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Feature

Mehidy Hasan Miraz makes the step in a time of plenty for Bangladesh

The offspinner followed his success with the ball in the ODIs against West Indies with his maiden Test century

Mohammad Isam
Mohammad Isam
04-Feb-2021
Mehidy Hasan Miraz played spin confidently, Bangladesh vs West Indies, 1st Test, Chattogram, Day 2, February 4, 2021

Mehidy Hasan Miraz added crucial lower-order runs before getting to his maiden Test hundred against West Indies  •  AFP via Getty Images

For an offspinner making his comeback in a team of four spinners, important runs are gilt-edged. Mehidy Hasan Miraz had been dropped from Bangladesh's last three Tests after taking just four wickets in his last six matches. Now his maiden Test century, with the team in some trouble in the first Test against West Indies in Chattogram has given him an additional tag as a bowler who can bat more than just a bit.
After his 15-wicket haul against West Indies during the 2018 home series, Miraz played one Test in New Zealand and took just three wickets during Bangladesh's unexpected loss to Afghanistan at home in 2019. Then against India in Indore, his match figures read 1 for 125 in 27 overs. He wasn't picked for the day-night Test in Kolkata that followed - he only batted as a concussion substitute for Liton Das - while also being sidelined for the Rawalpindi Test against Pakistan and against Zimbabwe in Dhaka last February. With offspinner Nayeem Hasan also taking nine wickets in what would turn out to be Bangladesh's last Test for almost a year, Miraz's chances of a comeback diminished further.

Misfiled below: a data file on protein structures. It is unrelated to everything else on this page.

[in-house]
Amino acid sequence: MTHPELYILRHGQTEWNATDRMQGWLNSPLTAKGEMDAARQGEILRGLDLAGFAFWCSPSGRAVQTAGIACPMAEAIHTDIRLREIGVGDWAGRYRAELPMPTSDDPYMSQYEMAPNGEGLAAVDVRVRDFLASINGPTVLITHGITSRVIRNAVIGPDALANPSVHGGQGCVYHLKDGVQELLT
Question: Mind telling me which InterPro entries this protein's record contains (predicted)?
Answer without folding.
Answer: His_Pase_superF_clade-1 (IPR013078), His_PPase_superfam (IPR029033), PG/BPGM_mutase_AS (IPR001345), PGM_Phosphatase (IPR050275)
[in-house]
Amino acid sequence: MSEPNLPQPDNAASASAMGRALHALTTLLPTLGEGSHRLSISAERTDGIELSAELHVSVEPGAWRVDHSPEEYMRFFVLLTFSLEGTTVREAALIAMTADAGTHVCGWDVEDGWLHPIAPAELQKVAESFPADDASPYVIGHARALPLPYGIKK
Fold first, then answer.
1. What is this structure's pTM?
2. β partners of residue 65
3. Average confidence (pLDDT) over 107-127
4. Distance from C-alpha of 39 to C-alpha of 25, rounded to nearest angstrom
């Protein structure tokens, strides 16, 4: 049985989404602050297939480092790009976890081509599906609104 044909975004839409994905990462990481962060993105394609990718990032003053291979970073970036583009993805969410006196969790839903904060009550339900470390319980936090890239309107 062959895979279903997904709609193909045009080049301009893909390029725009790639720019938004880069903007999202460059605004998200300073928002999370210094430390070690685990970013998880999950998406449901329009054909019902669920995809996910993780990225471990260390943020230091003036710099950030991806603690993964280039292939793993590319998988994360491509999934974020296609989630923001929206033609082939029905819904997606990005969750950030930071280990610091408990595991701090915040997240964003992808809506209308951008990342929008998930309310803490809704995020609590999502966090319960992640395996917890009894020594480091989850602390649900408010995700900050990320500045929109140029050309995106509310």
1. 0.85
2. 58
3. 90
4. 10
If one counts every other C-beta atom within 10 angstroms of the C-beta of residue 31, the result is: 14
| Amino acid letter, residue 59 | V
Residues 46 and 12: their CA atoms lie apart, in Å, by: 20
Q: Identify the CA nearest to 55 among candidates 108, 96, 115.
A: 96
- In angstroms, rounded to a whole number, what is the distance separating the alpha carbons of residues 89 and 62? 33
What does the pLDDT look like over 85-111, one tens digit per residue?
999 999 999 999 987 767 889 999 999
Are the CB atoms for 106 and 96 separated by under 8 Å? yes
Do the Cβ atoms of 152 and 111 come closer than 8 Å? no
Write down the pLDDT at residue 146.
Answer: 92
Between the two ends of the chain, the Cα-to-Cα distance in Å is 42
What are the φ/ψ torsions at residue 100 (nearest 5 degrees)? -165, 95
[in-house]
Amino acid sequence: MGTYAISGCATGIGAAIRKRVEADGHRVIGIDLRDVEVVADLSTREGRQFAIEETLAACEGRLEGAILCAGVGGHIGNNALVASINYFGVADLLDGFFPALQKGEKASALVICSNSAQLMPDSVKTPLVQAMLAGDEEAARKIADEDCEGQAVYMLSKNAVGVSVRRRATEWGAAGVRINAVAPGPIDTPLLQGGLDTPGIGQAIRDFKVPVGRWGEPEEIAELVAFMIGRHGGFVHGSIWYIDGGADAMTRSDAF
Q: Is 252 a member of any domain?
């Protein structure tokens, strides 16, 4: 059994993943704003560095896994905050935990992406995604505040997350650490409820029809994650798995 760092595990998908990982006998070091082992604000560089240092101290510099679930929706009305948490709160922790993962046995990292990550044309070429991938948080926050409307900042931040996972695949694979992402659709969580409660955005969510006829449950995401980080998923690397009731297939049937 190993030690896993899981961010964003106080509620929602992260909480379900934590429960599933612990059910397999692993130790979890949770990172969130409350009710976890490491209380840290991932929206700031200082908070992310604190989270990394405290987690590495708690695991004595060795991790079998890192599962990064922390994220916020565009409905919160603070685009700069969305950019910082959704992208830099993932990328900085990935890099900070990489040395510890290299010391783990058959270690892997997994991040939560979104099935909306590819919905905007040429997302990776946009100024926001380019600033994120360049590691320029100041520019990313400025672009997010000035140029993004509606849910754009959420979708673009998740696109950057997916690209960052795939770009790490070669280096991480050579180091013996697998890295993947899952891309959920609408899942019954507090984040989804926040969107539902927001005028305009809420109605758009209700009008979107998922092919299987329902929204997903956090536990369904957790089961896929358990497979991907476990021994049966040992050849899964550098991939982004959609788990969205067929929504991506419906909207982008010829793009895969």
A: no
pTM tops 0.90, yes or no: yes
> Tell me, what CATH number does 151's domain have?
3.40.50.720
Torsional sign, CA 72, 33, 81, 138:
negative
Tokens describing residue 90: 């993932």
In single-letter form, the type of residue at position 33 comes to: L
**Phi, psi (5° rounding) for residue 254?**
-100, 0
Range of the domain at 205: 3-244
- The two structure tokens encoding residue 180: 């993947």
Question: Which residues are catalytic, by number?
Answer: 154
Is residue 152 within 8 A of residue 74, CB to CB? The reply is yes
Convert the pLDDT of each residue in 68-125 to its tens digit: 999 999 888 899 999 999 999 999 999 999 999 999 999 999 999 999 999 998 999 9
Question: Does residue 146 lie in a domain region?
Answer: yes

The selectors, however, took an encouraging view of Miraz when they picked him for the ODIs and Tests against West Indies. Perhaps it was always in their plans to play a four-pronged spin attack in the Test series, boosted by Miraz having 25 wickets against West Indies in the longest format. He took seven wickets in the three ODIs, and a place in the Chattogram Test XI was almost a given. Still, he had to do something to stand out.
From 248 for 6 when they lost Das in the third over of the second day, Bangladesh's total climbed up to 430. Shakib Al Hasan, not out overnight on 39, added 29 more on the second morning. But it was Miraz's contribution through his own innings and the three mid-sized partnerships he forged that made the difference between a middling first innings total and a formidable one.
It was the sort of innings that the team management would appreciate. It came in a pressure situation with the team needing one of the lower-order batsmen to show concentration as well as score runs while at the crease. Miraz initially held one end up when Das fell early, but soon started to dominate his 67-run seventh wicket stand with Shakib.
Once Shakib got out, Miraz had to take charge of the lower-order batting. He had Taijul Islam and Nayeem as partners, both with a decent reputation as tailenders. He added 44 and 57 for the eighth and ninth wickets with them, respectively, and was eight short of his maiden Test century when No. 11 Mustafizur Rahman arrived at the crease. When on 99, a slight reminder from Miraz to Rahman helped them take the run would get him to his landmark without much fuss.